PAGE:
“On coronavirus, it’s my impression that beyond the second or third wave we will have a fourth wave, a fifth wave, a sixth wave, a seventh wave, but maybe each one will be less amplified and gradually we will manage each one better than the last.

“Normal life will come back, in 2022 or latest 2023, unless we see some surprises, which is also possible.”

Geared up for growth

Notwithstanding the continuing fallout from the pandemic, supply chain and other issues, Henkell Freixenet is a business that continues to gear up for growth, and its CEO is upbeat about the prospects for next year and beyond.

“The most important two months of our overall business are November and December. And for sure we will recover back beyond 2020 levels. We did not have the sharp drop that some houses experienced last year. The question is whether we hit 2019 levels yet. There are some good signals but we have this important period ahead of us still.

Interview: Dr. Andreas Brokemper on Henkell Freixenet’s global ambitions and extending sparkling wine’s reach in travel retail : The Moodie Davitt Report (15)

“For 2022 there will be growth in consumption, if nothing really bad happens on a global scale. I hope that we find a way to handle inflation, the problems in the supply chain, and any further problems that that we need to face. But all in all, I am optimistic that we can get to single-digit growth in 2022 compared to 2021. And that will for sure be better than in 2019. So the recovery then should be there.

“I remember the first projection exactly one and a half years ago was that we would lose -15% in year one and then that we would grow +5%, meaning that the markets will be back at the 2019 level in 2024 or 2025. It looks right now that we can be more optimistic.”

And a final message to the travel retail industry?

Dr. Brokemper says: “First of all, I wish that there will be no further lockdowns. I think that is the most important thing, that the world can reopen. I hope governments start opening up so that we have the same opportunities to travel as in the past.

“If the consumers can travel again, I am more than sure that they will also spend money on premium consumption. In the crisis that was something we didn’t experience in duty free but we did experience it in many markets. They learned more about quality products, they premiumised, so when they consumed they consumed on a higher quality level.

“I hope that this gives a tailwind to duty free in all markets. What we see and what we know is that everybody is really keen to travel again, to see the world. After this sabbatical in normal life people again realise the value of travelling, meeting people, and experiencing new things.”

FAQs

Is Henkell Trocken a good sparkling wine? ›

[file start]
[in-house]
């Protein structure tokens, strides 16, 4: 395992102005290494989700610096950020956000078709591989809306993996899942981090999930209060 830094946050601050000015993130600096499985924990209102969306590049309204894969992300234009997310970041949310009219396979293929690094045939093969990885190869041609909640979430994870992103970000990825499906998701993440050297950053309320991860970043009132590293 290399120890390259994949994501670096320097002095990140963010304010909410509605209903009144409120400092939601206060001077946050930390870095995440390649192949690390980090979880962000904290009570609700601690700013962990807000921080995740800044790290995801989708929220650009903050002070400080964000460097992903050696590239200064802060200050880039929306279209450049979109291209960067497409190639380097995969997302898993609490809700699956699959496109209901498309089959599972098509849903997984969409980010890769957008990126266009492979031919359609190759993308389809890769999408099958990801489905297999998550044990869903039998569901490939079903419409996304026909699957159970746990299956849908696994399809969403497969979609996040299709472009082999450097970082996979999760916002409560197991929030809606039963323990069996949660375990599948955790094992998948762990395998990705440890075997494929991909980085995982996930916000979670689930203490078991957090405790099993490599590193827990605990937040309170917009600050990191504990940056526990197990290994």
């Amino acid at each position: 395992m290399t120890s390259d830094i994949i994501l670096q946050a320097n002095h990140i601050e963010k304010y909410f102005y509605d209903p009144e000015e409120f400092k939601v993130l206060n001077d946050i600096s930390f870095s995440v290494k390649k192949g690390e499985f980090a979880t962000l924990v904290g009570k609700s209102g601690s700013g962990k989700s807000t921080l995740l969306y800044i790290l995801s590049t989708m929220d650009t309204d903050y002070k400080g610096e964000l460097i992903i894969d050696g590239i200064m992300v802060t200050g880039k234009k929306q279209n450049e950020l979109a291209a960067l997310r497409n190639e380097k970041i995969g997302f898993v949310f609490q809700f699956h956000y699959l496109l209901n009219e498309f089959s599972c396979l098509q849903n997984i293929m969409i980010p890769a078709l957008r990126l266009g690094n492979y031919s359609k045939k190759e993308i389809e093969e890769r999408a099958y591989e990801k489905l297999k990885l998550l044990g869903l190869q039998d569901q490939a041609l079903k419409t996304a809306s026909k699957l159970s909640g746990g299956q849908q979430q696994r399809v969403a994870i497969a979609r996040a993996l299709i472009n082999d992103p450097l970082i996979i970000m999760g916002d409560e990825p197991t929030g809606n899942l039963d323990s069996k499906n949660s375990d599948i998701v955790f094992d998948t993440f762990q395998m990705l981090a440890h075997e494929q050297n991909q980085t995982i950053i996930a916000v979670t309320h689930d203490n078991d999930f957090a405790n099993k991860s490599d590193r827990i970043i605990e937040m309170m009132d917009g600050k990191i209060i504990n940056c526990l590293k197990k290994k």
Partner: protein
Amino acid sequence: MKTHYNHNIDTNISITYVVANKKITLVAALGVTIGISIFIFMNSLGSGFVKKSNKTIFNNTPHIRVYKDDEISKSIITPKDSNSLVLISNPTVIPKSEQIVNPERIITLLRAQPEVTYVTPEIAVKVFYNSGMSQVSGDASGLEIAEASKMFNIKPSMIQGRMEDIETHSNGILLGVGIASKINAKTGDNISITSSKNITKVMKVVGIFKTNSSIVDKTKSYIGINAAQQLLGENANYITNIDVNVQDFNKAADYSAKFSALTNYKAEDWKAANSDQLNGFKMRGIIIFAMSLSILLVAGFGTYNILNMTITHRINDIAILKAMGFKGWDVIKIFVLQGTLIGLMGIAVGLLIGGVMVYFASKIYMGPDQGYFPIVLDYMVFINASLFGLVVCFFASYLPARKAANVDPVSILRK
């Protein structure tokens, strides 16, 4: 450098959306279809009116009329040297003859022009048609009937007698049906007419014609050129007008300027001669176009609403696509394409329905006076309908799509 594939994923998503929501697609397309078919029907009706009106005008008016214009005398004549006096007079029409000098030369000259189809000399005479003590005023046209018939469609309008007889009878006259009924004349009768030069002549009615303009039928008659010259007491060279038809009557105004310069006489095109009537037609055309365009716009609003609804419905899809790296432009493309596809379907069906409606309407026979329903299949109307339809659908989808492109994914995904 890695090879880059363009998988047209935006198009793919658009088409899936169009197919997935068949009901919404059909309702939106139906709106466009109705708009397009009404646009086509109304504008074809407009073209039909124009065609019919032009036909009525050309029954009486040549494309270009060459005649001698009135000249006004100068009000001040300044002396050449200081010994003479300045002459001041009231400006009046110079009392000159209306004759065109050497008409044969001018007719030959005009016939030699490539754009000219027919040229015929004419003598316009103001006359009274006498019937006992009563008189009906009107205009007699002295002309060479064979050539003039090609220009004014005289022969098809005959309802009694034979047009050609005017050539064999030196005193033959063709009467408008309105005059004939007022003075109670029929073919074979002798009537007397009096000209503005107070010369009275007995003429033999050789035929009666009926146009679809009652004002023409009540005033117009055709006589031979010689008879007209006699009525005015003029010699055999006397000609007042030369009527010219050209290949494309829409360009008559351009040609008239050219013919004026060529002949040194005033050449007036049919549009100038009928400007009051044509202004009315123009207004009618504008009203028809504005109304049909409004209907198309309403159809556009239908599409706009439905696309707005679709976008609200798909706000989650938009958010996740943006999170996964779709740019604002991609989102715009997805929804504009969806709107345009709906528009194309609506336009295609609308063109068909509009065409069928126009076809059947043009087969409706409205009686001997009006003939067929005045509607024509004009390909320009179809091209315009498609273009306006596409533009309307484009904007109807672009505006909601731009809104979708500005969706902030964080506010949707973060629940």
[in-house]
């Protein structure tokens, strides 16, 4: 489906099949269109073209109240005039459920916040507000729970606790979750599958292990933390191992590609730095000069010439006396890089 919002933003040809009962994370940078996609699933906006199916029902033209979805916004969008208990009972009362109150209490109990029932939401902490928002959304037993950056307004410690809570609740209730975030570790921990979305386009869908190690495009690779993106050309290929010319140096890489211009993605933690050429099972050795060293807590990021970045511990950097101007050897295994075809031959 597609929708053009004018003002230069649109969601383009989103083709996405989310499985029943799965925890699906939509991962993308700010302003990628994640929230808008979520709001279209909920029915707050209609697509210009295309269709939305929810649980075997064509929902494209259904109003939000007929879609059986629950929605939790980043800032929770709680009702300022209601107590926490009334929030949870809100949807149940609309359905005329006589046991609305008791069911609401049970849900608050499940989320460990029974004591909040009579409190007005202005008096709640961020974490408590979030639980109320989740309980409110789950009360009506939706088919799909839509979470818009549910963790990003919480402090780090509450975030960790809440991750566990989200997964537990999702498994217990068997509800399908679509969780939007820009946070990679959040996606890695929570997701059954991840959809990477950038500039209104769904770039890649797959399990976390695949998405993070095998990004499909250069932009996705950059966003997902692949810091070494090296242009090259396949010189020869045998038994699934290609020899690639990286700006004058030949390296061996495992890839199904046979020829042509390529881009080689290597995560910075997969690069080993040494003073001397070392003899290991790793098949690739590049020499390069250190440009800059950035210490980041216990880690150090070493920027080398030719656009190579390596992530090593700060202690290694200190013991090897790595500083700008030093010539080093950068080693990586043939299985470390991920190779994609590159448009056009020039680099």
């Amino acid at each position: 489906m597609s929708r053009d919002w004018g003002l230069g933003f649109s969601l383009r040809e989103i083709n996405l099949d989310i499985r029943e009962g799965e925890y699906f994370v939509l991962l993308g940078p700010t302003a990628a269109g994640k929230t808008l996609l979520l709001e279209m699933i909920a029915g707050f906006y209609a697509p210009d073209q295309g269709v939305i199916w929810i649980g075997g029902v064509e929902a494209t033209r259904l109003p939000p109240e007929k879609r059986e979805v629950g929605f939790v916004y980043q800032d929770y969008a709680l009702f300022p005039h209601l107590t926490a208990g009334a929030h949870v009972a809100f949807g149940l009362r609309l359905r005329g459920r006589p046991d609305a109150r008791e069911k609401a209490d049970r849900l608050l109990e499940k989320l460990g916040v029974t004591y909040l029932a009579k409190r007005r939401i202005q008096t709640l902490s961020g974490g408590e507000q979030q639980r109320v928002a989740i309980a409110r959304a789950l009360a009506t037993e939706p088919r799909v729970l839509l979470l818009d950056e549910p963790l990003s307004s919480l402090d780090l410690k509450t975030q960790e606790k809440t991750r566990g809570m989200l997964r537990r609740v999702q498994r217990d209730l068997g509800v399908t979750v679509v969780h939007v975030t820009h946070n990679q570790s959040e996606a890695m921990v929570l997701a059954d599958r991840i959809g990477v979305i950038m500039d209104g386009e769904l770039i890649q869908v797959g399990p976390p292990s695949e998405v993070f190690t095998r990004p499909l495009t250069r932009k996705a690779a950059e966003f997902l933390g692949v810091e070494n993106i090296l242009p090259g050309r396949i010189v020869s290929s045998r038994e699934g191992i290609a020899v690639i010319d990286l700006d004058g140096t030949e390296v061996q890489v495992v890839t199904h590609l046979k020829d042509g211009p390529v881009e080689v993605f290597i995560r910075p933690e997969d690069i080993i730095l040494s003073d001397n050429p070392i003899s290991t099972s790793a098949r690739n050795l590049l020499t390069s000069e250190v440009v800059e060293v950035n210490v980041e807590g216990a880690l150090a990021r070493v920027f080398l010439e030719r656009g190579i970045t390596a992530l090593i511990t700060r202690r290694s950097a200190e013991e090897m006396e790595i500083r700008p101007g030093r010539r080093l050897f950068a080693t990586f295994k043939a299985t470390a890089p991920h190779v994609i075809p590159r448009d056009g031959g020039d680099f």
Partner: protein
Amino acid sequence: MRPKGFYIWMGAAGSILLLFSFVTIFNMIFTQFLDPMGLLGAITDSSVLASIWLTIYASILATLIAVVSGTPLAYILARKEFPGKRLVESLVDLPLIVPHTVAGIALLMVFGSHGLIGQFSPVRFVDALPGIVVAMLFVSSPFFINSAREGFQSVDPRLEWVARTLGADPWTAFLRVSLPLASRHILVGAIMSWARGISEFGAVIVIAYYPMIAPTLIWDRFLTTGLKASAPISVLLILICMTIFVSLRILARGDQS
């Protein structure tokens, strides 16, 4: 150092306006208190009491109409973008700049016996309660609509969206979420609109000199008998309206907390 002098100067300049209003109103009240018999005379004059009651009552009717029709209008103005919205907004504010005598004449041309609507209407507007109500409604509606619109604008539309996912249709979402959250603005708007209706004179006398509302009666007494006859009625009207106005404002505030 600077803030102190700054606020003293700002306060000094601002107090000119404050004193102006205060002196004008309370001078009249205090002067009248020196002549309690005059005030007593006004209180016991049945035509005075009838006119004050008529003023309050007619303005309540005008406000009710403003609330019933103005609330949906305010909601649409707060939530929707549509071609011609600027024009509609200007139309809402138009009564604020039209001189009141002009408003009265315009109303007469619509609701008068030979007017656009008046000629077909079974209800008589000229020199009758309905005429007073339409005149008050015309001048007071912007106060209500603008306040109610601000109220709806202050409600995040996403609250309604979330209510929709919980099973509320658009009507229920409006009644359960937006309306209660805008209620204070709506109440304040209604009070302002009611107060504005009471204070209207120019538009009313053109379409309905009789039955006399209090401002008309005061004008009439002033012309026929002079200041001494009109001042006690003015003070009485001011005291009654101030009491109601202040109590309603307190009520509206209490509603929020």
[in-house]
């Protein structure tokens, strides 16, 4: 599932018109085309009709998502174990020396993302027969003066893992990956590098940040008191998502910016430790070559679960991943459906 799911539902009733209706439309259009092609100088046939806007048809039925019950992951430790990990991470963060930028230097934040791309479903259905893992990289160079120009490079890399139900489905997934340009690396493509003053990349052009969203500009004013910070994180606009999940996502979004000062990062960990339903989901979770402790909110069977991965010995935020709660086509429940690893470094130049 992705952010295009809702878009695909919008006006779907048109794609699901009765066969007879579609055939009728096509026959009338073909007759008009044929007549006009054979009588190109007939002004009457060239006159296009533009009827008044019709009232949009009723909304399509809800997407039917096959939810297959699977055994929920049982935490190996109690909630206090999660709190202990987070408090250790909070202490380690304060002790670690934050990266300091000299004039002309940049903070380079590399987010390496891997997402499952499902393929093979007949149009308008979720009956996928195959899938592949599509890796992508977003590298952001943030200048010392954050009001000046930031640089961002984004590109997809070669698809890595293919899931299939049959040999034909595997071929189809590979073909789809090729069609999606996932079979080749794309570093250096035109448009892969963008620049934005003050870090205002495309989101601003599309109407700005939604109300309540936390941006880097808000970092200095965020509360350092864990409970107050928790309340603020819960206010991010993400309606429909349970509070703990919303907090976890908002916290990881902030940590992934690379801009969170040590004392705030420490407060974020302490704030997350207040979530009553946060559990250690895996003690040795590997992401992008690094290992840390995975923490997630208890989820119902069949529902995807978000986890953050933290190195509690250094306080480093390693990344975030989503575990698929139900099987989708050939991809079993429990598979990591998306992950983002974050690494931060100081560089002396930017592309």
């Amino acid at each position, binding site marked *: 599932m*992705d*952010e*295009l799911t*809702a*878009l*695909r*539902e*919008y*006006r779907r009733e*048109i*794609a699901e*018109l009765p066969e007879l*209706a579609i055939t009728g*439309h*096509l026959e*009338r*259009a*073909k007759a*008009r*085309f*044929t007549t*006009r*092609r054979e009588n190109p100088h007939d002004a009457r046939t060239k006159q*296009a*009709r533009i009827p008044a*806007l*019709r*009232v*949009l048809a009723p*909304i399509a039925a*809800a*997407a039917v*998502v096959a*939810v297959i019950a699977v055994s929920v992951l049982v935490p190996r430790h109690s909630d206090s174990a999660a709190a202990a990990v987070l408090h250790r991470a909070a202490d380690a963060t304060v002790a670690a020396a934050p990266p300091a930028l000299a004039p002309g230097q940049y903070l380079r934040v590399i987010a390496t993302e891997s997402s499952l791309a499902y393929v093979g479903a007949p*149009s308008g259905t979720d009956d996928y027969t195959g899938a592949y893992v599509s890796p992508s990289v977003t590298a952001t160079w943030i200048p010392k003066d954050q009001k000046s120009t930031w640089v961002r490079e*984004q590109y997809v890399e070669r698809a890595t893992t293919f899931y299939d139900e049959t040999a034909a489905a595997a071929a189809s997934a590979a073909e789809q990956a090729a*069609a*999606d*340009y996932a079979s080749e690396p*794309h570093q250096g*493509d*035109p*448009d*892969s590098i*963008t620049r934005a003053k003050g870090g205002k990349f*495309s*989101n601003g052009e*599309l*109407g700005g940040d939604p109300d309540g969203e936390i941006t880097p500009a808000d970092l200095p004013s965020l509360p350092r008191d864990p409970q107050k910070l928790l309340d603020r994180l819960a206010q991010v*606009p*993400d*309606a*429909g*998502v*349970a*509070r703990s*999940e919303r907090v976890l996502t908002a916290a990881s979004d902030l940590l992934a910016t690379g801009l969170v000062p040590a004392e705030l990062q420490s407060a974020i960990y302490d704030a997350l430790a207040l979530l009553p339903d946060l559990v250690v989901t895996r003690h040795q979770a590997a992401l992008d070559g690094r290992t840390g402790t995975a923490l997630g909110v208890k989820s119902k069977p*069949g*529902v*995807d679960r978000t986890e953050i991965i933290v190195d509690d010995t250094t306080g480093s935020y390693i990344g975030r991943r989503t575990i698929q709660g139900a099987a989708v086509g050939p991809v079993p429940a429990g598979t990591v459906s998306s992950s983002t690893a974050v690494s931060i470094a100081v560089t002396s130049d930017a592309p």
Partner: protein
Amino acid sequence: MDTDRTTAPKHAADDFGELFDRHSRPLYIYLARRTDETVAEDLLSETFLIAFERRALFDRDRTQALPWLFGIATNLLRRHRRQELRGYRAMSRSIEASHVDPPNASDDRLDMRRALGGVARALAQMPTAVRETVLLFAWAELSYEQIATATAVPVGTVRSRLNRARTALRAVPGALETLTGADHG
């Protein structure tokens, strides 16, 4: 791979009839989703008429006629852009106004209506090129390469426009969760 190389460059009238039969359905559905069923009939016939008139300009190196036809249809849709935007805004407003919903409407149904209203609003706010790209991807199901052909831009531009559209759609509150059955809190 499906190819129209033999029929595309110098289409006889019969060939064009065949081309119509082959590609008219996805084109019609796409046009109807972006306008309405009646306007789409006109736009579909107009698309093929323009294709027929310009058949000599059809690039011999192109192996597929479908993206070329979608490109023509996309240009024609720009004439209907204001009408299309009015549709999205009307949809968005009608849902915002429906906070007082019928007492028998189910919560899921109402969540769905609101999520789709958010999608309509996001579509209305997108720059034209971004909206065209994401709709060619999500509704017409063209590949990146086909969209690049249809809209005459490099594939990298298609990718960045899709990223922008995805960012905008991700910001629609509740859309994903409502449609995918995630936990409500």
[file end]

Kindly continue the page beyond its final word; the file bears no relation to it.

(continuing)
Henkell is one of the world's most popular sparklings and one with a long and proud history. The classic Henkell Trocken is fresh and fruity with hints of ripe pear and green apple.

What type of wine is Henkell Trocken? ›

Trocken. French cuvee craft meets German artisanal production: this dry, fully matured sparkling wine owes its elegant, international character to a unique premium cuvee of four excellent wines from selected grape varieties. Henkell Trocken fizzes with delicate, long-lasting bubbles for a glassful of glamour.

What grape is in Henkell Trocken? ›

This dry, fully matured sparkling wine owes its elegant character to a unique Cuvee of excellent wines originating from such classic grape varieties as French Chardonnay, Sauvignon Blanc, and Blanc de Noir from French Pinot Noir and Chenin from Saumur.

What is the best selling sparkling wine in the world? ›

Prosecco, the Italian sparkling wine, is the world's most popular fizz. It sells more bottles than French champagne and Spanish cava combined.

Which is the best sparkling wine in the world? ›

Continue to 2 of 18 below.
  • Best Budget: Gruet Brut NV. Buy on Vivino Buy on Wine.com Buy on Minibar Delivery. ...
  • Best Sparkling Rosé: Jansz Tasmania Brut Rosé Buy on Drizly Buy on Vivino. ...
  • Best Sweet: Patrick Bottex Bugey-Cerdon 'La Cueille' Buy on Drizly Buy on Vivino. ...
  • Best for Celebrating: Lanson Green Label Organic Brut.

What is the difference between sparkling wine and Champagne? ›

The easy and short answer is that sparkling wine can only be called Champagne if it comes from the region of Champagne, France which is located just outside of Paris. Furthermore, Champagne can only be made using Chardonnay, Pinot Noir, and Pinot Meunier grapes.

Is Trocken a sweet wine? ›

Trocken, German for dry, is a classification of German wine that indicates a wine that is dry rather than off-dry (halbtrocken), sweeter (lieblich) or sweet (süß). Trocken wines are not devoid of residual sugar, but have, at most, a few grams per liter, which can be perceptible but is not overtly sweet.

What is the most popular German wine? ›

Riesling is the flagship wine of Germany and constitutes more than one-fifth of all wine varieties grown in the country.

What are the 3 main grapes in Champagne? ›